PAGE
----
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  • FIRST POST
    • Spies
    • By Spies 11th Sep 17, 7:48 PM
    • 78Posts
    • 32Thanks
    Spies
    Wet internal wall
    • #1
    • 11th Sep 17, 7:48 PM
    Wet internal wall 11th Sep 17 at 7:48 PM
    I have a west facing gable end wall in my property which catches a lot of wind/rain.

    After the storms in December 2014 it was so bad that that plaster lost adhesion with the brick and crumbled away.

    The property had its original wood framed window so this was replaced with a upvc one and it doesn't appear to have been damp since.

    The house was built in 1996 and when I questioned the house builder what they had been used in the walls, they said full fibrefill.

    Fast forward to last night and driving wind/rain has once again made the interior wall wet.

    What are my options? I don't have the ability to throw thousands at the issue but would like a semi-permanent solution, access to the exterior wall is very difficult due to cars driving under the room to get to the carpark behind. The exterior wall is dashed and painted, but I have been told by other builders that even if it was unpainted, moisture shouldn't be able to get across the cavity.

    It's really disheartening to see the problem is still there.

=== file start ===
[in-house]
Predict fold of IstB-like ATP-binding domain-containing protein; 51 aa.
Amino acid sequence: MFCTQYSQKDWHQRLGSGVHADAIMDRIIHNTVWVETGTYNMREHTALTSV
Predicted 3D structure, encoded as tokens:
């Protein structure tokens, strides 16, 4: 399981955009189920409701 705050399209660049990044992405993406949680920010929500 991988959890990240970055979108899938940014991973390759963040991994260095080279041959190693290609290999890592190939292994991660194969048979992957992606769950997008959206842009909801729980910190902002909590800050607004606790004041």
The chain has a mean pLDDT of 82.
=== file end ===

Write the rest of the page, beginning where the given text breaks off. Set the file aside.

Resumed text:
Page 1
    • 00ec25
    • By 00ec25 11th Sep 17, 8:51 PM
    • 4,760 Posts
    • 4,134 Thanks
    00ec25
    • #2
    • 11th Sep 17, 8:51 PM
    • #2
    • 11th Sep 17, 8:51 PM
    sounds like (check with a builder) an example of poor cavity wall insulation ("full fibrefill"?) which is acting as a bridge across the cavity allowing water to move from outside to inside wall or for cold spots to develop causing condensation problems

    it is a risk that is often mentioned (and glossed over) in respect of cavity wall insulation. See here especially reference to wind blown rain on exposed walls...

    http://www.which.co.uk/reviews/insulation/article/cavity-wall-insulation/cavity-wall-insulation-damp-problems

    No "easy" solution, have a read : http://www.diydoctor.org.uk/projects/dampcavity.htm
    Last edited by 00ec25; 11-09-2017 at 8:54 PM.
    • xylophone
    • By xylophone 11th Sep 17, 8:57 PM
    • 22,866 Posts
    • 13,221 Thanks
    xylophone
    • #3
    • 11th Sep 17, 8:57 PM
    • #3
    • 11th Sep 17, 8:57 PM
    http://www.neverpaintagain.co.uk/blog/paint-gable-end-house-wall/

    Above is an ad but does any of it ring bells?
    • Spies
    • By Spies 11th Sep 17, 9:40 PM
    • 78 Posts
    • 32 Thanks
    Spies
    • #4
    • 11th Sep 17, 9:40 PM
    • #4
    • 11th Sep 17, 9:40 PM
    sounds like (check with a builder) an example of poor cavity wall insulation ("full fibrefill"?) which is acting as a bridge across the cavity allowing water to move from outside to inside wall or for cold spots to develop causing condensation problems

    it is a risk that is often mentioned (and glossed over) in respect of cavity wall insulation. See here especially reference to wind blown rain on exposed walls...

    http://www.which.co.uk/reviews/insulation/article/cavity-wall-insulation/cavity-wall-insulation-damp-problems

    No "easy" solution, have a read : http://www.diydoctor.org.uk/projects/dampcavity.htm
    Originally posted by 00ec25